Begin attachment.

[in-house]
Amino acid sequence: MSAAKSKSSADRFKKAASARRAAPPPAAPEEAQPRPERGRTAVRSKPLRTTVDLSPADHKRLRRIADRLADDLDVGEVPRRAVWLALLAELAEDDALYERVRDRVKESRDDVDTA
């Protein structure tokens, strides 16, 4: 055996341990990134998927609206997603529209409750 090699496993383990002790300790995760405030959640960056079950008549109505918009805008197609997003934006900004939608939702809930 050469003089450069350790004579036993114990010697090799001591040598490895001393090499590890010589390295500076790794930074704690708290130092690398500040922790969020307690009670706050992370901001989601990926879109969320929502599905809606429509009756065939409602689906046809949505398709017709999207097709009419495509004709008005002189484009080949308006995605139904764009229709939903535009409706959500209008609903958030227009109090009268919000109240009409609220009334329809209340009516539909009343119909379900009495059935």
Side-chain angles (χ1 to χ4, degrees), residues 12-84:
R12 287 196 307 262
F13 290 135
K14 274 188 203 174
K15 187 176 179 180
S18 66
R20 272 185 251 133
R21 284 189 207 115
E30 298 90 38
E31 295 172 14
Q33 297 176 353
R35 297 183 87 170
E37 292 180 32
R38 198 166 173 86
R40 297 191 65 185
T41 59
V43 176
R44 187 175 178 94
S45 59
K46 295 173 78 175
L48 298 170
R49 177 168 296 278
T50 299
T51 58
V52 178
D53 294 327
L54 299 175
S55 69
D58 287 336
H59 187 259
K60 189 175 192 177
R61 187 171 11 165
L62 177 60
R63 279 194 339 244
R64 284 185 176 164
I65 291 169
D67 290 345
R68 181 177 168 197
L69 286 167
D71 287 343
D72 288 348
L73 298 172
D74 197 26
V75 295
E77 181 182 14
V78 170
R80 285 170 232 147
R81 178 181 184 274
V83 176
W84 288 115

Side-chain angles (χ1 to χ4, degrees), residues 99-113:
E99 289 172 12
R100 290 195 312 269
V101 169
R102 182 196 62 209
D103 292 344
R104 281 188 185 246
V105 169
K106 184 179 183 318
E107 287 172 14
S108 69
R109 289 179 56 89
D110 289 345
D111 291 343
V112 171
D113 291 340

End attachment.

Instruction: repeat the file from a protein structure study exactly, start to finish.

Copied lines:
[in-house]
Amino acid sequence: MSAAKSKSSADRFKKAASARRAAPPPAAPEEAQPRPERGRTAVRSKPLRTTVDLSPADHKRLRRIADRLADDLDVGEVPRRAVWLALLAELAEDDALYERVRDRVKESRDDVDTA
């Protein structure tokens, strides 16, 4: 055996341990990134998927609206997603529209409750 090699496993383990002790300790995760405030959640960056079950008549109505918009805008197609997003934006900004939608939702809930 050469003089450069350790004579036993114990010697090799001591040598490895001393090499590890010589390295500076790794930074704690708290130092690398500040922790969020307690009670706050992370901001989601990926879109969320929502599905809606429509009756065939409602689906046809949505398709017709999207097709009419495509004709008005002189484009080949308006995605139904764009229709939903535009409706959500209008609903958030227009109090009268919000109240009409609220009334329809209340009516539909009343119909379900009495059935």
Side-chain angles (χ1 to χ4, degrees), residues 12-84:
R12 287 196 307 262
F13 290 135
K14 274 188 203 174
K15 187 176 179 180
S18 66
R20 272 185 251 133
R21 284 189 207 115
E30 298 90 38
E31 295 172 14
Q33 297 176 353
R35 297 183 87 170
E37 292 180 32
R38 198 166 173 86
R40 297 191 65 185
T41 59
V43 176
R44 187 175 178 94
S45 59
K46 295 173 78 175
L48 298 170
R49 177 168 296 278
T50 299
T51 58
V52 178
D53 294 327
L54 299 175
S55 69
D58 287 336
H59 187 259
K60 189 175 192 177
R61 187 171 11 165
L62 177 60
R63 279 194 339 244
R64 284 185 176 164
I65 291 169
D67 290 345
R68 181 177 168 197
L69 286 167
D71 287 343
D72 288 348
L73 298 172
D74 197 26
V75 295
E77 181 182 14
V78 170
R80 285 170 232 147
R81 178 181 184 274
V83 176
W84 288 115

Side-chain angles (χ1 to χ4, degrees), residues 99-113:
E99 289 172 12
R100 290 195 312 269
V101 169
R102 182 196 62 209
D103 292 344
R104 281 188 185 246
V105 169
K106 184 179 183 318
E107 287 172 14
S108 69
R109 289 179 56 89
D110 289 345
D111 291 343
V112 171
D113 291 340